Kamikihito rescued depressive-like behaviors and hippocampus neurogenesis in chronic restraint stress rats

Naoki Adachi, Fatma Zahra Sakhri, Hideshi Ikemoto, Yusuke Ohashi, Mami Kato, Tatsuki Inoue, Tadashi Hisamitsu, Masataka Sunagawa

Research output: Contribution to journalArticlepeer-review

Abstract

Background and aim: Substantial evidence suggests the effectiveness of plant-based medicine in stress-related diseases. Kamikihito (KKT), a Japanese traditional herbal medicine (Kampo), has been used for anemia, insomnia, and anxiety. Recent studies revealed its ameliorating effect on cognitive and memory dysfunction in several animal models. We, therefore, determined whether daily supplementation of KKT has an antidepressant-like effect on the stress-induced behavioral and neurological changes in rats. Experimental procedure: The effect of KKT against the stress-induced changes in anxiety- and depressive-like behaviors and hippocampal neurogenesis were determined using a rat model of chronic restraint stress (CRS). KKT was orally administered daily at 300 or 1000 mg/kg during 21 consecutive days of CRS (6 h/day). The effect of CRS and KKT on physiological parameters, including body weight gain, food/water consumptions, plasma corticosterone (CORT) levels, and percentage of adrenal gland weight to body weight, were firstly measured. Anxiety- and depressive-like behaviors in rats were assessed in the open field test (OFT), sucrose preference test (SPT), and forced swimming test (FST). Hippocampal neurogenesis was determined by immunohistochemistry. Results and conclusion: CRS for 21 days caused a significant decrease in body weight gain and increase in plasma CORT levels and percentage of adrenal gland weight to body weight, which were rescued by KKT treatment. KKT also suppressed the CRS-induced anxiety- and depressive-like behaviors and impairment of hippocampal neurogenesis. These results suggest that daily treatment of KKT has a protective effect against physiological, neurological, and behavioral changes in a rat model of depression.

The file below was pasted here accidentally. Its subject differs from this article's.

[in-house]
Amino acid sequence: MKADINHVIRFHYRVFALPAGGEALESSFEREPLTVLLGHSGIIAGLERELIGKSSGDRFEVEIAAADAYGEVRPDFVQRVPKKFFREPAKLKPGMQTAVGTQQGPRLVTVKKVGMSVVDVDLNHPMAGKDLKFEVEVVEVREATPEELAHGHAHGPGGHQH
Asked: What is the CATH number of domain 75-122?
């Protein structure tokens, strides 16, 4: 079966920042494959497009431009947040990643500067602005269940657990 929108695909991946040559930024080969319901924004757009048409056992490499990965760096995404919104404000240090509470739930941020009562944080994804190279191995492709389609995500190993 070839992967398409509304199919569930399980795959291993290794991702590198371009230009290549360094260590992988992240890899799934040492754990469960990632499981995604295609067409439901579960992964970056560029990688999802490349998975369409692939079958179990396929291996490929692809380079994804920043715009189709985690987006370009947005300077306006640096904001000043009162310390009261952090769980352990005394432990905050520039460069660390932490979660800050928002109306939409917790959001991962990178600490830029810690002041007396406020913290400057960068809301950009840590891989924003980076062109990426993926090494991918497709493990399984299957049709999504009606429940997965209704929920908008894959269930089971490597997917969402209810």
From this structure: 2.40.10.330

Original languageEnglish
Pages (from-to)172-179
Number of pages8
JournalJournal of Traditional and Complementary Medicine
Volume12
Issue number2
DOIs
Publication statusPublished - Mar 2022
Externally publishedYes

All Science Journal Classification (ASJC) codes

  • Complementary and alternative medicine

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